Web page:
Also, the distcc VMs gcc should stay in lock step with the rest of the Gentoo’s gcc version. But since you can easily build binary packages and then emerge them, you only have to compile GCC once.
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eccerr0r
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PostPosted: Sun Mar 11, 2018 2:18 am    Post subject: Reply with quote

This is an alternative?

https://forums.gentoo.org/viewtopic-t-66930-start-0.html

Not sure how well maintained this path is, however; even if cygwin is slower, at least virtualization (and the spectre/meltdown problems) won't have to be paid multiple times.
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eohrnberger
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PostPosted: Sun Mar 11, 2018 4:46 am    Post subject: Reply with quote

While I have run Cygwin in the past, but I never tried to setup a Cygwin or colinux distcc host for gentoo, so I can't judge how easy or difficult it would be.

What is nice is that headless distcc VMs are transparent to the Windows user (my wife didn't even know that I had set it up).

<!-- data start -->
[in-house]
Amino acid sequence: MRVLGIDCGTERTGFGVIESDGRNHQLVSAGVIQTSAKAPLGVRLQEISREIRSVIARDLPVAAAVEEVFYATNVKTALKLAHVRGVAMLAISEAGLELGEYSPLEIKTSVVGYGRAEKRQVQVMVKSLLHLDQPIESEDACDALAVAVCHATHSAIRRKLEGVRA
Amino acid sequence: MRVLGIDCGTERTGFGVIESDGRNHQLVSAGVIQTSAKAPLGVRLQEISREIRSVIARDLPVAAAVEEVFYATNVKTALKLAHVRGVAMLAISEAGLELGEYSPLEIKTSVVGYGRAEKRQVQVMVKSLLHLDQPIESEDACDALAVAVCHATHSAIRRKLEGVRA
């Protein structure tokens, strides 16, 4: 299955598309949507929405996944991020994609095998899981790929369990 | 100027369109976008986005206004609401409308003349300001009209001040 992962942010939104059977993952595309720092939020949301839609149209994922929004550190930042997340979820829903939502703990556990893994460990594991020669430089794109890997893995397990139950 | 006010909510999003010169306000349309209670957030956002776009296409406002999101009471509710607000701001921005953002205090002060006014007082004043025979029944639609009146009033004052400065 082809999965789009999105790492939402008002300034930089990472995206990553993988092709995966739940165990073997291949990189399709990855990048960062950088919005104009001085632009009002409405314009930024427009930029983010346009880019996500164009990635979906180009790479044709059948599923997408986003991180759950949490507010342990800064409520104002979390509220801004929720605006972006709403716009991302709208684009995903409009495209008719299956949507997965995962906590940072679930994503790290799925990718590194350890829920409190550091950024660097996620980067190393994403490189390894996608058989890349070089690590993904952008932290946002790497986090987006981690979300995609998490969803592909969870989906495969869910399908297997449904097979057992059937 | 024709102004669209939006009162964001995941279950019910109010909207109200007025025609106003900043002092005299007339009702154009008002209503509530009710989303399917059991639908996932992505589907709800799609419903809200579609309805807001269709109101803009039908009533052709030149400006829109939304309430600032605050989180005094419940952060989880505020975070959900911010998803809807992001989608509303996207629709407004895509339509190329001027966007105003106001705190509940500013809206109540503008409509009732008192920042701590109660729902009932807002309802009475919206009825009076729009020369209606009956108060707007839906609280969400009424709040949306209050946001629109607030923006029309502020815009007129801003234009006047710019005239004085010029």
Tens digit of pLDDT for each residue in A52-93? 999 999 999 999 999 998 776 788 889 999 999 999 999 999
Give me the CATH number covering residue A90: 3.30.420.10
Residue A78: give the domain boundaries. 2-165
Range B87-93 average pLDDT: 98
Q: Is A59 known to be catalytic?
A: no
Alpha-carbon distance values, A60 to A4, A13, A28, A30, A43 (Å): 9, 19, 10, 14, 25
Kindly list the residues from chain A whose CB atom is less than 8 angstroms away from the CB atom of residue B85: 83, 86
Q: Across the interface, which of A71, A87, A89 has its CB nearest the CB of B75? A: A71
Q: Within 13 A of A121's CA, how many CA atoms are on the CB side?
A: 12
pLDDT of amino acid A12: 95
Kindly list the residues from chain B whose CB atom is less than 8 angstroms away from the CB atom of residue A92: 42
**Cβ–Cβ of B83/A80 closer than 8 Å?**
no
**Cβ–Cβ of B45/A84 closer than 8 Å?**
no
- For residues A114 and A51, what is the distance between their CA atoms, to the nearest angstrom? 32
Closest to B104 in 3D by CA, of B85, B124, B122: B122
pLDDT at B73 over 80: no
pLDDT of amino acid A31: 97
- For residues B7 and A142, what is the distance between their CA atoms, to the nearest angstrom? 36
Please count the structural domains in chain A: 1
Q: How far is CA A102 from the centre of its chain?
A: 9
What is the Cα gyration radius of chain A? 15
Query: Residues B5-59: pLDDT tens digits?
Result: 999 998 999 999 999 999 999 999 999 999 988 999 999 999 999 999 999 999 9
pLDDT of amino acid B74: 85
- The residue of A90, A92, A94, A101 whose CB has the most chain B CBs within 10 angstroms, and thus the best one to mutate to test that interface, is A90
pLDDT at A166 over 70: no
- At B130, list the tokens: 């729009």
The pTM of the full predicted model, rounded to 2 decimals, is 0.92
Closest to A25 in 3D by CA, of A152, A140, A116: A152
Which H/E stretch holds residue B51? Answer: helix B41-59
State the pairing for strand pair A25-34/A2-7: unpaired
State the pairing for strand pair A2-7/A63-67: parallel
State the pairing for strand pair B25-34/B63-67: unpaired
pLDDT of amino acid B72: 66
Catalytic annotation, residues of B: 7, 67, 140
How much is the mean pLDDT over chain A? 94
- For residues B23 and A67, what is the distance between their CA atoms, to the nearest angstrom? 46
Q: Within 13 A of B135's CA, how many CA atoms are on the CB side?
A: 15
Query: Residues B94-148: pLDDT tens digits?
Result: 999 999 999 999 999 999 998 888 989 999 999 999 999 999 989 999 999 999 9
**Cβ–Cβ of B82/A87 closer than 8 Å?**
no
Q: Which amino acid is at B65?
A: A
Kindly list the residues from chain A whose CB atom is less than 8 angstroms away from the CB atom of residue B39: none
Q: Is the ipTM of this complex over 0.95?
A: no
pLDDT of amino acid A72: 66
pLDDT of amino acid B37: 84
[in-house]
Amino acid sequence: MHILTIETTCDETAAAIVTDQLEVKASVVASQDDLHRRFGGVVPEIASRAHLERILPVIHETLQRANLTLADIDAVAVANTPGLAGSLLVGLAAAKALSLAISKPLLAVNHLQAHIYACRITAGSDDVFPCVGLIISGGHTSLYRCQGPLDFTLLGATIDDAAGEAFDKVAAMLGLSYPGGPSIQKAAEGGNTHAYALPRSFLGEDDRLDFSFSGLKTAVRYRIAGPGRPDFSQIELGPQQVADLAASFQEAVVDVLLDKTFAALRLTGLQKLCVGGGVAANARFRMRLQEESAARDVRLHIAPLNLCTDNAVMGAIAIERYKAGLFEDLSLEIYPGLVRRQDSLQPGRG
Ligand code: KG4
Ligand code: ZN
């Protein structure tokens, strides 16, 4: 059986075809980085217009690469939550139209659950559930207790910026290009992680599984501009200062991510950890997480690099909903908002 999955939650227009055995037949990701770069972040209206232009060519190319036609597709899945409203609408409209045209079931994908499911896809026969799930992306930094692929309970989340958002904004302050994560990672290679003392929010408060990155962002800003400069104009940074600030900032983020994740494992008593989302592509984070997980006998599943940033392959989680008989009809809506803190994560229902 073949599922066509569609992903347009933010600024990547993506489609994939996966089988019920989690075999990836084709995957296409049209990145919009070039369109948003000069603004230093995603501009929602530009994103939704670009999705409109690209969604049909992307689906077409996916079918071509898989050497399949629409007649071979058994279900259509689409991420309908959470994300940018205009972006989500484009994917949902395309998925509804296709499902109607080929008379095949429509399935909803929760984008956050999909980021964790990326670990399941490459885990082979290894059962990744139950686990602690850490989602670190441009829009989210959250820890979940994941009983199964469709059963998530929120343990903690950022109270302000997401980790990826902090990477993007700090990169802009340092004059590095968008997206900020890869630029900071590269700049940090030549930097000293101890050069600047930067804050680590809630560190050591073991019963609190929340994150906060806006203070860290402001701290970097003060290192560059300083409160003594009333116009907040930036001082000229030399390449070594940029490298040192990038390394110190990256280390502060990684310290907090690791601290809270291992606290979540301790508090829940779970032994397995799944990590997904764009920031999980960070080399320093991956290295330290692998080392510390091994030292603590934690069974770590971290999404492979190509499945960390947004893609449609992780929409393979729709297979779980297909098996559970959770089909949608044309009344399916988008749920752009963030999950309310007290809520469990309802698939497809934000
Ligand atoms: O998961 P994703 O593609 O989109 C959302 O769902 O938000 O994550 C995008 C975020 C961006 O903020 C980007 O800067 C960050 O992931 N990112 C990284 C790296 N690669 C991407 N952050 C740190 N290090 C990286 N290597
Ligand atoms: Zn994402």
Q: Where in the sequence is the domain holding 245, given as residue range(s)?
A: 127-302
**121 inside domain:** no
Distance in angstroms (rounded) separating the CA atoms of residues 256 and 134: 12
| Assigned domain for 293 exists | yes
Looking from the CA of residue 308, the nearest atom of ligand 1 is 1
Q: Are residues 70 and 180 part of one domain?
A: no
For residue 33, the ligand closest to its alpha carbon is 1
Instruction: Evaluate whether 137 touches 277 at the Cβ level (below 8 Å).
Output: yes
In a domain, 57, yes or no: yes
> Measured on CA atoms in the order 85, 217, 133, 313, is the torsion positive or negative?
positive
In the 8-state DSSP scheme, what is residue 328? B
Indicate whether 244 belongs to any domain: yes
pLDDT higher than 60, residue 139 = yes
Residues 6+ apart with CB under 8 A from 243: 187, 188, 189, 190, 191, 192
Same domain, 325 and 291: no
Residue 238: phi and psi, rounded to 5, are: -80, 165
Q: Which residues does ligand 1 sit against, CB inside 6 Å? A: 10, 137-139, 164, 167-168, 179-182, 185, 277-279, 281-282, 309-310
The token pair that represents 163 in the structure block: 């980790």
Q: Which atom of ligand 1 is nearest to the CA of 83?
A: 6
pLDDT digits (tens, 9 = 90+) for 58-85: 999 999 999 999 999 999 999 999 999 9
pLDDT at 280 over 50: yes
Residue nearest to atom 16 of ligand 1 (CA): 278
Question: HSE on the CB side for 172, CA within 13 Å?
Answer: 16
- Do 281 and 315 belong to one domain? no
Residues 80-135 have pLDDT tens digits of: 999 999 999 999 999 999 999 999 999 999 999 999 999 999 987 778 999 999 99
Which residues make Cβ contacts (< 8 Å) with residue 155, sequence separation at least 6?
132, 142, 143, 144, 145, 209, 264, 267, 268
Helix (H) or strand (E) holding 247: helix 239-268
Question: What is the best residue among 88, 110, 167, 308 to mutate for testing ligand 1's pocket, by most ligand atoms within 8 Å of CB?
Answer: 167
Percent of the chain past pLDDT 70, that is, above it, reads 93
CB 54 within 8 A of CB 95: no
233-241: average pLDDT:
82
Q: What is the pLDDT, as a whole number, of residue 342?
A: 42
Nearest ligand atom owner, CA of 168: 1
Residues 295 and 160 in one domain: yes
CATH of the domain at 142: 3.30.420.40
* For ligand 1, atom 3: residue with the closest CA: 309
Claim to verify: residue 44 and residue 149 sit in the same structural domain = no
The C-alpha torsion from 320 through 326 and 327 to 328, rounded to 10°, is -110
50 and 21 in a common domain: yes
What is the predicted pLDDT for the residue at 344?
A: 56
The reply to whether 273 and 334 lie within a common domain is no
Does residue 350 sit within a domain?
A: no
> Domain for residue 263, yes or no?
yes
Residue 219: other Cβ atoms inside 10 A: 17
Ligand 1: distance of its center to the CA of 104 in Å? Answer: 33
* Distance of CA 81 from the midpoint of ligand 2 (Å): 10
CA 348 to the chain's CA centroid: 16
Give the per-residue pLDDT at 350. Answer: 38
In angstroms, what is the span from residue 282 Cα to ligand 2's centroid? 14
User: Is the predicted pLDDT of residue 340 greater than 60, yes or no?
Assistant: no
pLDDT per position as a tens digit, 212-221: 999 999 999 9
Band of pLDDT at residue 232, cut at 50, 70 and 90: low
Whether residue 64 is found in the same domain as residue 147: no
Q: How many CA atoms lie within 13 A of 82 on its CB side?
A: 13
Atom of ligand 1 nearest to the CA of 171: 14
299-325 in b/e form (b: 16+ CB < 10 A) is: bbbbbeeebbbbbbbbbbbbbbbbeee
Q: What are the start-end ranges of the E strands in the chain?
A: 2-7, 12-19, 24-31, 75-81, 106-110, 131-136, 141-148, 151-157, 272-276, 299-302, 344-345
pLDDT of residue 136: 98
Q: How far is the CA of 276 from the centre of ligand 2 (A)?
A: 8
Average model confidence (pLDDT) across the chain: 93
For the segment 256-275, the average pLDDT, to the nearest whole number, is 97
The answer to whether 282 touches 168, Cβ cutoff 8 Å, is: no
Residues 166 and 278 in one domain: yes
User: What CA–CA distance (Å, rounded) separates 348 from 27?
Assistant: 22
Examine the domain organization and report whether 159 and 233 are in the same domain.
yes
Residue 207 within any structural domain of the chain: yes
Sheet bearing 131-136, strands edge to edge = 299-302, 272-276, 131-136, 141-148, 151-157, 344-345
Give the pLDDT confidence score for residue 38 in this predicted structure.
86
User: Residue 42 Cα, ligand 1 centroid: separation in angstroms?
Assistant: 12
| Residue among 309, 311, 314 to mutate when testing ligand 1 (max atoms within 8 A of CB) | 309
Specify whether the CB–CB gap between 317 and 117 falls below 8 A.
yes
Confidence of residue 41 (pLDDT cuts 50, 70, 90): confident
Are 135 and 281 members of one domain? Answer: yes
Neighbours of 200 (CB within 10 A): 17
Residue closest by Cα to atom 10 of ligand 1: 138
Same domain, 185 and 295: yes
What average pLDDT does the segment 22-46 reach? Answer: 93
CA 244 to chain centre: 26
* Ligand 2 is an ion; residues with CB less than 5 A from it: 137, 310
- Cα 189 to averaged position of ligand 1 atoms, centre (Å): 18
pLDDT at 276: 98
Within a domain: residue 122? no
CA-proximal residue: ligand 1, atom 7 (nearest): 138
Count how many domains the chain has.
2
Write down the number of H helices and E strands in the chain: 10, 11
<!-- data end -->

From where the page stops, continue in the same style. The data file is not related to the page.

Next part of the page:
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PostPosted: Sun Mar 11, 2018 4:56 am    Post subject: Reply with quote

Yeah, threw up colinux quick to take a look at it, but didn't like it much.

Seriously, why have a hobbled linux when you can have a real Gentoo VM? And a 64 bit one at that?
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PostPosted: Sun Mar 11, 2018 5:46 pm    Post subject: Reply with quote

because a full VM is "costly" in both RAM and CPU cycles. I wouldn't called cygwin "hobbled linux" ... it's running natively under Windows, Windows is dealing with memory/context swaps the best way it knows how to, and no memory/cpu cycles are wasted in a scheduler running in a scheduler.